Okay. I can go along with that. But the title is a little deceiving. This anecdote has nothing to do with it being an example of a trap in universal healtcare coverage. Health care is not a commodity, when human life is concerned. In universal healthcare coverage, doctors will still be independent contractors and everyone will have relative access to health care. I’m sure that people with money will try to circument the system, just as they do under the for-profit system. But I feel they will not be as successful at it. And there will be the potential for waiting for service, just as it happens under the for-profit system.

  • Well, the way the British Health Care System responded does make it a trap. It basically said that if you use the British Health Care System you have to only use the British Health Care System. You cannot use your own money to get superior health care benefits somewhere else.

  • Gregory D. Pawelski

    A good example of the U.S. health care system in this regard is nursing home residents under medicaid/medicare. You cannot use your own money (or from relatives) to pay the difference to get a superior private room, instead of a semi-private room. You either take the semi-private room or pay for the private room out of your own pocket. Before anyone says anything about medicaid/medicare being like a so-called “socialized” system, the Medicare Part D Prescription Benefit Plan is a perfect example that it’s not. This administration set up dozens of for-profit entities (by bribery) to compete with medicare, and medicare still does a better job at it.

  • So the way I see it you have four scenarios:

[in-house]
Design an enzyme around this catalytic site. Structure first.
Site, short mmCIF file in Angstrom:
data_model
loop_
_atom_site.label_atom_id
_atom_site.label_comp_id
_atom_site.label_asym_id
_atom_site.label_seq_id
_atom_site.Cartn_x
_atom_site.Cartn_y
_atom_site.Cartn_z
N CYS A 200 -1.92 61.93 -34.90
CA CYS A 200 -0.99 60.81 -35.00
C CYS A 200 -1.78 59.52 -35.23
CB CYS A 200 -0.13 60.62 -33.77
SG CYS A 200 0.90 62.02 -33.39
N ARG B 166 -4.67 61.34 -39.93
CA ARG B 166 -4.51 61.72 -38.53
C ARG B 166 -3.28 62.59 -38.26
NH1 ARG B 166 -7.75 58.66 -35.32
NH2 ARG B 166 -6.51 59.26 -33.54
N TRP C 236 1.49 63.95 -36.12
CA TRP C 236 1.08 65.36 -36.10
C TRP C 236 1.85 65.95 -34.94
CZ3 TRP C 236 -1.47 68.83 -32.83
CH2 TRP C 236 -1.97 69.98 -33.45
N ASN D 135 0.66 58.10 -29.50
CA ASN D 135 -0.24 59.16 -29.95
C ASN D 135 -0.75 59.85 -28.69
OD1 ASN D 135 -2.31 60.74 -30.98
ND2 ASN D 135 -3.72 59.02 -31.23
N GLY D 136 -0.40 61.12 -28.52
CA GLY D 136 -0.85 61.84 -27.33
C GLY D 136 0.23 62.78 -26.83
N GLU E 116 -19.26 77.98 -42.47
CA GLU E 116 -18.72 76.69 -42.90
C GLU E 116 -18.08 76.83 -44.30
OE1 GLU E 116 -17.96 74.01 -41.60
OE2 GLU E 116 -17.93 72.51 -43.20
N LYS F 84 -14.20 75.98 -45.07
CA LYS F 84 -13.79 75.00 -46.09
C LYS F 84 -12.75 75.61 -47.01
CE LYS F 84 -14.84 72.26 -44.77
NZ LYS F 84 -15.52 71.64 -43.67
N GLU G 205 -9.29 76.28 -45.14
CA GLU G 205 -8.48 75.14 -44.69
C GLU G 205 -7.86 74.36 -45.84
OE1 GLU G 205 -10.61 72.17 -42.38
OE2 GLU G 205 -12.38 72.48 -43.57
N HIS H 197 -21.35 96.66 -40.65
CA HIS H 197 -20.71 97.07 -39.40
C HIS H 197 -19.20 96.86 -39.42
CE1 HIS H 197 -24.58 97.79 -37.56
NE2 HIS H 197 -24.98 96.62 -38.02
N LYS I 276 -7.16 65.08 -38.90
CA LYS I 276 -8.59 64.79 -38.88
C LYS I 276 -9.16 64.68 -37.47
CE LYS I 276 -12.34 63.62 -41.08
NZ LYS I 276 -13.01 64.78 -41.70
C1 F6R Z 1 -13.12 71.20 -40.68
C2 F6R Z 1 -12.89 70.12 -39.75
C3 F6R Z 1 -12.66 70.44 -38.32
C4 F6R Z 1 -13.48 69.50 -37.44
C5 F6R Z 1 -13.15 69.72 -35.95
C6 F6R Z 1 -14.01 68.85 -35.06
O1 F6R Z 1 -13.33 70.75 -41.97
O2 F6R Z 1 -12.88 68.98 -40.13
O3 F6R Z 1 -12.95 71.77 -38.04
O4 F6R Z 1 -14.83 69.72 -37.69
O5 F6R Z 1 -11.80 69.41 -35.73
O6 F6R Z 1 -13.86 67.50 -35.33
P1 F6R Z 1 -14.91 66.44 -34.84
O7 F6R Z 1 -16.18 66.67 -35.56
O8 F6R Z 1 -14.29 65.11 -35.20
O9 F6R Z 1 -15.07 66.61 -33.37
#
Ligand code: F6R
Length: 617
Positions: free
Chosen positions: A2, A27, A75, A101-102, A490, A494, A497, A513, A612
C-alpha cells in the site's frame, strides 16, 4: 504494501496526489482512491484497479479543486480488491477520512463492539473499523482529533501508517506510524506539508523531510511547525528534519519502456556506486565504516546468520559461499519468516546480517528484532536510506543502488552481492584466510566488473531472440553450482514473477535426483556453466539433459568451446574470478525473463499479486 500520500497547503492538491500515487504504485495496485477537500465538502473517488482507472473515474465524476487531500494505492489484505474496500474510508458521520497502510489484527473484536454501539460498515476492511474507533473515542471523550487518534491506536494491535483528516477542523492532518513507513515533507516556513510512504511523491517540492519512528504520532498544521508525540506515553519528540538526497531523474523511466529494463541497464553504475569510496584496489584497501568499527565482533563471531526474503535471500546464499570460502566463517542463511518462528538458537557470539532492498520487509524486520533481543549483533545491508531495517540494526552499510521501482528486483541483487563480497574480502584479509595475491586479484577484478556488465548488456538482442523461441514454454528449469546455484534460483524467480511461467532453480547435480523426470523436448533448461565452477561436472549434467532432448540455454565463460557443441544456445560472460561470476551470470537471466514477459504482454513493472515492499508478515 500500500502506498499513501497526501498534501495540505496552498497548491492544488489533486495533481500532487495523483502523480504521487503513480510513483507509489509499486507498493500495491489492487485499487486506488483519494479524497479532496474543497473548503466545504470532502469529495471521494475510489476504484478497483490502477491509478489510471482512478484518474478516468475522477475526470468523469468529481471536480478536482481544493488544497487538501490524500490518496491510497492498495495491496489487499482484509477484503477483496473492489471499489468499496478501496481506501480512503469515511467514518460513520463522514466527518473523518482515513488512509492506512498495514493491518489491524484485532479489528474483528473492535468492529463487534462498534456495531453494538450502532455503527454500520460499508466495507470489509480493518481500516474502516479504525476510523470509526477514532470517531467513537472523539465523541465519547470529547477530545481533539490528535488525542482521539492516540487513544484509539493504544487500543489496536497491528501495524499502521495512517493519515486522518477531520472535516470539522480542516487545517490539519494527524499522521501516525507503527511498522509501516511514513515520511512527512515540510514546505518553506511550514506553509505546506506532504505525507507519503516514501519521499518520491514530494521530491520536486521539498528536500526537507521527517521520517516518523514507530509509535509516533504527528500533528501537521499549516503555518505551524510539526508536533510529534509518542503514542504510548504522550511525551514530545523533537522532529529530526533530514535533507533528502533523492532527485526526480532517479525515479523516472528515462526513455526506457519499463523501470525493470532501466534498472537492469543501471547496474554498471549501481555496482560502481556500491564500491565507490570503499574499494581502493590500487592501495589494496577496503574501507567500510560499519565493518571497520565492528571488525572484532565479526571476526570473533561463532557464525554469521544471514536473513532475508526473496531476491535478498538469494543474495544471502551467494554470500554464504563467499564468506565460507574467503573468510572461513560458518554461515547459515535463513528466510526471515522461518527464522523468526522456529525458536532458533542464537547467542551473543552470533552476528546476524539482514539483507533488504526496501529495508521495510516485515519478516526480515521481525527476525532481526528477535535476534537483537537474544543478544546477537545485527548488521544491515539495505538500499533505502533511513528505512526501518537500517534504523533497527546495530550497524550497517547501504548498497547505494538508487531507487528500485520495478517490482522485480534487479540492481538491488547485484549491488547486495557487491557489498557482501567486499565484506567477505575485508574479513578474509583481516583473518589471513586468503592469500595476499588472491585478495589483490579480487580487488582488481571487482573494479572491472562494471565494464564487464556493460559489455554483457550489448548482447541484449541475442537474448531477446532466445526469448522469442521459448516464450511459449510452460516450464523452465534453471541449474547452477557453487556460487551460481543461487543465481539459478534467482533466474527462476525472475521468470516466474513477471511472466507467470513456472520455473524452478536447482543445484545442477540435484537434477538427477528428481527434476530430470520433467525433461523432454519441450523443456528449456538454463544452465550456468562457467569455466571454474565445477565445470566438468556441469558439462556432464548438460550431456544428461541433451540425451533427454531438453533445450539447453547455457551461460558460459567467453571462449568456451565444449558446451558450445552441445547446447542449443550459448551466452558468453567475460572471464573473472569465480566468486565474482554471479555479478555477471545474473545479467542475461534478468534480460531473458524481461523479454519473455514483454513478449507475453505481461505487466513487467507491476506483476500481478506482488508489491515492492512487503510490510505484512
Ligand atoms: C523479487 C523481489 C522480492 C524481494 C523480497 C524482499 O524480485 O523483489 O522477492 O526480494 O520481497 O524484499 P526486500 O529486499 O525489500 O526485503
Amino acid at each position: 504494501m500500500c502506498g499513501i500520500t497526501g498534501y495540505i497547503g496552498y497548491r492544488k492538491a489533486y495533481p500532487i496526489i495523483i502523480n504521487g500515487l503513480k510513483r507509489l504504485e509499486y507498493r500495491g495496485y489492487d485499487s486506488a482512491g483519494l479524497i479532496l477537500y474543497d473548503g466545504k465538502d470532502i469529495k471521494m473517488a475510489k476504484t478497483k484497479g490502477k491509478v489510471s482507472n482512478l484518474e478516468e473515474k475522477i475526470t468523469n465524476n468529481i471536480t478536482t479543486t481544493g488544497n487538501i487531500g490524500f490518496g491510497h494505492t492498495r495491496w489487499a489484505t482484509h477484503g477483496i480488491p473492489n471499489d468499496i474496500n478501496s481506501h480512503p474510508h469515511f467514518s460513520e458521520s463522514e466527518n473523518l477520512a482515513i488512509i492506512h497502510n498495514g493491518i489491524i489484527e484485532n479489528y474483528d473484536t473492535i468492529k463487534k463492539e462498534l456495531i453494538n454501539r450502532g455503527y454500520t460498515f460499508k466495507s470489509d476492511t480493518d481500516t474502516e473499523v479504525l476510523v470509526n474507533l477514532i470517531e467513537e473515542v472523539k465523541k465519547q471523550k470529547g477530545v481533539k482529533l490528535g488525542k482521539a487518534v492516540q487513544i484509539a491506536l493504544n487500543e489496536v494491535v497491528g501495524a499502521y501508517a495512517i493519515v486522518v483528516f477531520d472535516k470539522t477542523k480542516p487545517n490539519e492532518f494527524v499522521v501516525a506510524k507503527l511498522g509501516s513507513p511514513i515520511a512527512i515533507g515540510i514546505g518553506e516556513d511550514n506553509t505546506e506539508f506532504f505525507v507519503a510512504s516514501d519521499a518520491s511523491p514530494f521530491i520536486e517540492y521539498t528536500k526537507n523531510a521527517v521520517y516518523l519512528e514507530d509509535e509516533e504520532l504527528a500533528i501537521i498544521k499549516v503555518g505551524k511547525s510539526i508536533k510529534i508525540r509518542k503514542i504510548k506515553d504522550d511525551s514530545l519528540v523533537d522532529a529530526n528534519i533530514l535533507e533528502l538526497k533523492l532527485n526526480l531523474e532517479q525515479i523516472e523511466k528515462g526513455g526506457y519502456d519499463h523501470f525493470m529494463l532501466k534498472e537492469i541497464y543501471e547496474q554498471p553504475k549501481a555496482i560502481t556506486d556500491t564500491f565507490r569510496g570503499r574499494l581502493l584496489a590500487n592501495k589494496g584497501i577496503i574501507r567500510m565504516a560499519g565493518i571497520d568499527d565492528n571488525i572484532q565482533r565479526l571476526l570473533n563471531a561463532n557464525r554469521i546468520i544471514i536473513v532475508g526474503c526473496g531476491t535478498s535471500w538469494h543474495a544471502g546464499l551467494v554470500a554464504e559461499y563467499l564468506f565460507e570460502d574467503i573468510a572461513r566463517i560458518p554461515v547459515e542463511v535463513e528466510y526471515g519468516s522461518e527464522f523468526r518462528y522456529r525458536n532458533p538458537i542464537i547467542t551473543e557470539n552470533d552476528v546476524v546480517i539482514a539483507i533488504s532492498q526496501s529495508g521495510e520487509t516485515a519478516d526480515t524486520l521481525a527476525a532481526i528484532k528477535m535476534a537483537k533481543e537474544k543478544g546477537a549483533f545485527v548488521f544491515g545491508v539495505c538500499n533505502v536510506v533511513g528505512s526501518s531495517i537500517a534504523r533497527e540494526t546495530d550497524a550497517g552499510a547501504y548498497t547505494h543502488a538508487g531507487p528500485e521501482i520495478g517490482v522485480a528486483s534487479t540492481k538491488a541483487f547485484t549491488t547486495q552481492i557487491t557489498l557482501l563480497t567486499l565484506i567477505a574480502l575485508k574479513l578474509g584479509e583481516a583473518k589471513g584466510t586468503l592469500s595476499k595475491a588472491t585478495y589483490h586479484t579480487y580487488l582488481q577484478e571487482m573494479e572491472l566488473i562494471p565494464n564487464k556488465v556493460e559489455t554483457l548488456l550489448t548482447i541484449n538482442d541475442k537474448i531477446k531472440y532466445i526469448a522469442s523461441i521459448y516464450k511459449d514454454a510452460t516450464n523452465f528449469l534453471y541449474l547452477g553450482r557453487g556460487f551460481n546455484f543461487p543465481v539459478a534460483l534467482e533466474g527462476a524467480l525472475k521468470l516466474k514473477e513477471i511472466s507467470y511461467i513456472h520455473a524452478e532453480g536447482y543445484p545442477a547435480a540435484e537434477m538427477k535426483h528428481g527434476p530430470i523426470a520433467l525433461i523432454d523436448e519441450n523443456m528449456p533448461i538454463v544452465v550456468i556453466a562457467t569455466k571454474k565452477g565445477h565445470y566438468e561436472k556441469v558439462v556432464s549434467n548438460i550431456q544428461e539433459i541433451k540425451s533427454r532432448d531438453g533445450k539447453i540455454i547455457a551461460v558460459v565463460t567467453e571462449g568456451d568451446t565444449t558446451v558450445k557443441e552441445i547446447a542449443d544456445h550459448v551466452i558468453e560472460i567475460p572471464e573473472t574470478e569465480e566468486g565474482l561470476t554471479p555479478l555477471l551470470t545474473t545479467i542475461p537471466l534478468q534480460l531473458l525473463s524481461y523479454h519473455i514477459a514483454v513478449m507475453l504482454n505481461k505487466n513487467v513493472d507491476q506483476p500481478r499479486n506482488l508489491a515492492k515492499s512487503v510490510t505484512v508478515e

Case UK1: British person has no private healthcare but gets free (albeit not the best) cancer treatment.

    Case UK2: British person either is rich or has private healthcare that offers the best treatment on top of free healthcare treatment.

    Case US1: US person has no private healthcare and gets no treatment.

    Case US2: US person either is rich or has private healthcare taht offers the best treatment on top of free healthcare treatment.

    UK definitely looks better here. At least you get something!

  • Not so, the USA has healthcare for the poor. It’s called medicaid.

    Experience with that is one of the many reasons why I am against more single-pay healthcare.

  • To be honest, I’m not familiar with medicaid. I know it exists but I have never experienced it nor have I heard anything good about it. I’m assuming somebody with standard British healthcare fares a better chance than somebody who just has medicaid.

  • Medicaid is health insurance for the poor. So its simply not true that the poor have no healthcare.

    Btw, if your argument is that medicaid is inefficient (which I agree)…then on what justification do you suggest we increase government control of healthcare? It seems to me that if we cant get the healthcare thing right for those who need it most (the poor) chances are we would make it even worse for those more well off. Don’t you think?

  • To be honest, I have no clue. I don’t know enough about healthcare. I’d love to study it in detail and look at what other countries are doing. Surely, they are making mistakes, but I’m willing to believe that we can learn from anybody.

    I do think that 40 million uninsured Americans is unacceptable. Our healthcare system is not functioning at a sufficient level if such a high percentage of Americans cannot afford healthcare, especially since many of these people are hard working individuals. This is the same, in my humble opinion, as saying that 25% unemployment during the Great Depression is unacceptable. Our economic system did not work then just as our healthcare system does not work now.

    Just as we evolved automatic economic stabilizers to maintain acceptable economic levels of unemployment and inflation, I think we should do the same for healthcare. Just as government policy and private stimuli are used to maintain acceptable levels, we should find a similar solution. How that will happen, I’m not sure. I don’t claim to know much about healthcare but I’m sure a solution is out there.